NBC declined to comment on this story. But another sports TV executive shook his head over a “short-sighted business decision that makes no sense in the big picture.” I can’t argue.

The timing makes this decision even worse. Clark is must-see TV after leading Iowa to two straight NCAA championship games and becoming the all-time leading scorer in women’s college basketball. By the gift of the sports gods, she turned pro shortly before the Paris Olympics. Meanwhile, the WNBA and U.S. women’s basketball have long complained about their lack of media coverage, pay and travel perks vs. their brothers in the NBA. The whole thing was set up for appointment TV this summer.

“Seems like a gift for ratings and recognition that they turned down,” Andrew Brandt, the executive director at Villanova University’s Moorad Center for the Study of Sports Law, told me. “I can understand the rationales—having to earn her spot, pay her dues, potential jealousies, etc.—but she has been, is, and will continue to be a true force multiplier for women’s basketball, at all levels. Whatever ratings they get, it will not be what they could get with her on the team.”

After 40 years of covering the Olympics, USA Today columnist Christine Brennan called it the “worst” athlete/team decision she’s seen. “Then again, we probably shouldn’t be surprised. As we’ve known for years, the last amateurs left in the Olympic Games are the people running them,” she wrote this weekend.

Since the news of Clark’s omission we’ve heard multiple arguments justifying her exclusion, and from a basketball standpoint, they’re right. Does her early performance measure up to WNBA superstars like A’ja Wilson and Breanna Stewart? No. But that’s partly due to the lack of talent around her on the 3–10 Fever. Then there’s the argument that Clark didn’t attend the Olympic training camp. True. But that would have been impossible since she was leading Iowa to their second straight Final Four. Finally, there’s the “She would have sat on the bench anyway” justification. Maybe, but a record 2.45 million people tuned in to watch her become the No. 1 pick in the WNBA draft this spring, something that was a foregone conclusion. With Team USA routinely blowing out international opponents, she’d get her minutes. Who’s better positioned to grow the women’s game globally from a business and marketing standpoint: Diana Taurasi going for her sixth Olympic gold medal? Or Clark going for her first?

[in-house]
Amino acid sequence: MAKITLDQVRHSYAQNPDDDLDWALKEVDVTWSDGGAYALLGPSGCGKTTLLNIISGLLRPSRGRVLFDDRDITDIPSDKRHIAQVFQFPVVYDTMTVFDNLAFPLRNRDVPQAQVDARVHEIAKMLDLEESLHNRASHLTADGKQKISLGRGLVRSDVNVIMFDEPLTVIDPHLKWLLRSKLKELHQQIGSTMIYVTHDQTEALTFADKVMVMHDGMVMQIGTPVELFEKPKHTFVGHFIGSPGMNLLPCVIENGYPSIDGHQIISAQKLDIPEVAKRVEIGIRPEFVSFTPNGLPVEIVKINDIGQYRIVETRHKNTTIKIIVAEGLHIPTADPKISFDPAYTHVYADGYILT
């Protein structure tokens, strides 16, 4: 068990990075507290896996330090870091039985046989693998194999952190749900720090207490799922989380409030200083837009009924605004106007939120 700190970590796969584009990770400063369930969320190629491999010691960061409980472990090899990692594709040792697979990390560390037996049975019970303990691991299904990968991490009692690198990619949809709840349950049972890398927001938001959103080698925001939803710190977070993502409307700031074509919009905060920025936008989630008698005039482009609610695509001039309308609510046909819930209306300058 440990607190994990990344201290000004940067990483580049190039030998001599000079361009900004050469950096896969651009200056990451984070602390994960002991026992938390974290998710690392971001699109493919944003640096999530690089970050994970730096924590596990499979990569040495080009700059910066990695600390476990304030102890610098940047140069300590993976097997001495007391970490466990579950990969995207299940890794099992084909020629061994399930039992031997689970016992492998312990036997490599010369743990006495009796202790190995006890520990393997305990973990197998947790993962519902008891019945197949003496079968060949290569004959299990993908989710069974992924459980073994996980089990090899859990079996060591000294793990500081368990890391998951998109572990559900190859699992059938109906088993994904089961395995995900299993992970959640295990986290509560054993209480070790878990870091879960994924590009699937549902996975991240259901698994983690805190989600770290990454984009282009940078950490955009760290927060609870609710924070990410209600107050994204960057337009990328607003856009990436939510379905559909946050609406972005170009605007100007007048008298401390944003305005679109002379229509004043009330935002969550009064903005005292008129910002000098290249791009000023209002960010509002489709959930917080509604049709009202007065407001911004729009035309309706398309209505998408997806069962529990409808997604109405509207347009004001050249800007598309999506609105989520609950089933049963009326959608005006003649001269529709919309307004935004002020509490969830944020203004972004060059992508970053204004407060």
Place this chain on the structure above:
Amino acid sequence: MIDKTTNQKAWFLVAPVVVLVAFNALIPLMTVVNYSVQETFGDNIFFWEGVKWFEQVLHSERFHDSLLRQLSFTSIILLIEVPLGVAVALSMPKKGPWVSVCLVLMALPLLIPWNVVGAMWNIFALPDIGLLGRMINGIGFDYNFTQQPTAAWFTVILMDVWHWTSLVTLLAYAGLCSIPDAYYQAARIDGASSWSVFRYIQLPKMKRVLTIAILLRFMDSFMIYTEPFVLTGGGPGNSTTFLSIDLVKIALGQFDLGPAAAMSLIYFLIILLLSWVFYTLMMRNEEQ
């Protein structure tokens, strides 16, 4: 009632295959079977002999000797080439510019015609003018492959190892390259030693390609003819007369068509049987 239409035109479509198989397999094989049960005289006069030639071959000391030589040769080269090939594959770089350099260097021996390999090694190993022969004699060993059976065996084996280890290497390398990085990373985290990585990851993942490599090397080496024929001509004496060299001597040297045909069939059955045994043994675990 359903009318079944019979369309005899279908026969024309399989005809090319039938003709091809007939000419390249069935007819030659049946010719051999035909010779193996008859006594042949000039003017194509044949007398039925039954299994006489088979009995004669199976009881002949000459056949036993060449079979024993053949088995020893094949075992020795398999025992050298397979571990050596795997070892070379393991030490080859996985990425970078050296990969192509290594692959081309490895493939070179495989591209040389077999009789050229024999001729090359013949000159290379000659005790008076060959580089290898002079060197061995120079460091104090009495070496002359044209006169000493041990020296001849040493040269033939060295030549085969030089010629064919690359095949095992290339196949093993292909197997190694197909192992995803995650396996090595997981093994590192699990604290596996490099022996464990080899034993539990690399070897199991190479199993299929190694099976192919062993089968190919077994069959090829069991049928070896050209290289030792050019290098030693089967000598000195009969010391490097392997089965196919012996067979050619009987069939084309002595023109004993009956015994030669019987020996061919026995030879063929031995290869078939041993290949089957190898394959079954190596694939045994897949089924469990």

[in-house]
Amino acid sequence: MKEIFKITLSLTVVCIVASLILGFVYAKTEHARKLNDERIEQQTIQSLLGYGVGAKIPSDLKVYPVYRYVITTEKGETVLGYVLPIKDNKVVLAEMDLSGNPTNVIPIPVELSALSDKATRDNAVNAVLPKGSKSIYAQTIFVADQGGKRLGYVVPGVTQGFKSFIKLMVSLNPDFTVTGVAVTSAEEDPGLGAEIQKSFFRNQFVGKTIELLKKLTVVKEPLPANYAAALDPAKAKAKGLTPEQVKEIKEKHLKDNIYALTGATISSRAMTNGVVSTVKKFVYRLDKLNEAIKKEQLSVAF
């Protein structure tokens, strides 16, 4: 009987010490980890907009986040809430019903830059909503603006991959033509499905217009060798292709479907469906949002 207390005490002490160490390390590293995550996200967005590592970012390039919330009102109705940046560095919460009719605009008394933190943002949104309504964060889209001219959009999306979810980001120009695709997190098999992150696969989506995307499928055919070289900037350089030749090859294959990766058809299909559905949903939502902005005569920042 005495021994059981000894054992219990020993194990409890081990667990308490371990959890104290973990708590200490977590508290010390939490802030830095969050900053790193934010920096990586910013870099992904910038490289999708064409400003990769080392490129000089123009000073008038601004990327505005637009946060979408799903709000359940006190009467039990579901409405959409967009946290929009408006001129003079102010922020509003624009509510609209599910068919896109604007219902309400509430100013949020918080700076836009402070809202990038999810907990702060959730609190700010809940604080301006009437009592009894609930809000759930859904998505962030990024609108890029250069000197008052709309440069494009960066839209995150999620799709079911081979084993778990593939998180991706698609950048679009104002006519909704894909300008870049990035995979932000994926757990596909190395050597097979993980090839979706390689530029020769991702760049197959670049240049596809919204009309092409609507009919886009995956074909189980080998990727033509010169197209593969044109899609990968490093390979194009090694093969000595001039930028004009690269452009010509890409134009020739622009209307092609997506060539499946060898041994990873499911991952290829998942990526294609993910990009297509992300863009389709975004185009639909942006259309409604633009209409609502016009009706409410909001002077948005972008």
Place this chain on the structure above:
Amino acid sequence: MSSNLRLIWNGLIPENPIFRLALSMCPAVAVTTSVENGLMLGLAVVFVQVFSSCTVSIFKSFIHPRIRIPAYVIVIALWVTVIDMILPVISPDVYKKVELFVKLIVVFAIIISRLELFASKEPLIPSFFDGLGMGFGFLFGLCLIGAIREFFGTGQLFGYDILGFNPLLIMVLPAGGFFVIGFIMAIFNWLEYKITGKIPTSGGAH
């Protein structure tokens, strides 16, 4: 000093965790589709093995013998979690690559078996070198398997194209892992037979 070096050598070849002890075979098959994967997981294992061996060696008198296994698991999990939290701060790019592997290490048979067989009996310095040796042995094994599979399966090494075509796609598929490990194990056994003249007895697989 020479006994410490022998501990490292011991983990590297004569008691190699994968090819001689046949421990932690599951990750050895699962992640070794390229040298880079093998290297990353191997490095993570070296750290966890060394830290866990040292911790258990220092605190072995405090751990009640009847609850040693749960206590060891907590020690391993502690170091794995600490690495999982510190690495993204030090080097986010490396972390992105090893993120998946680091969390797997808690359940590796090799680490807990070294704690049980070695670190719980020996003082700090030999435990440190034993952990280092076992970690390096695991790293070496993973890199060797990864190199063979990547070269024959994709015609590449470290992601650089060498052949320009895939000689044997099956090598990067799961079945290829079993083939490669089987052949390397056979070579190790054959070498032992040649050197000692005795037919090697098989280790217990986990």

The Olympics are one of the last vestiges of appointment family viewing. Clark has brought fathers, daughters, and families together to follow women’s basketball for the first time. Like Simone Biles and Michael Phelps, she would have been the perfect star for NBC’s Summer Olympics coverage.

As Jemele Hill noted, this is probably good for Clark, personally. She could use the one-month rest to recharge her batteries after ClarkMania. But it still feels like a missed opportunity in my book. As Olympic marketing expert Rob Prazmark told me, Clark would have been a “one-person Dream Team” in Paris this summer. But Team USA made its decision based on its own narrow criteria. NBC should ask for a discount.


Michael McCarthy’s “Tuned In” column is at your fingertips every week with the latest insights and ongoings around sports media. If he hears it, you will too.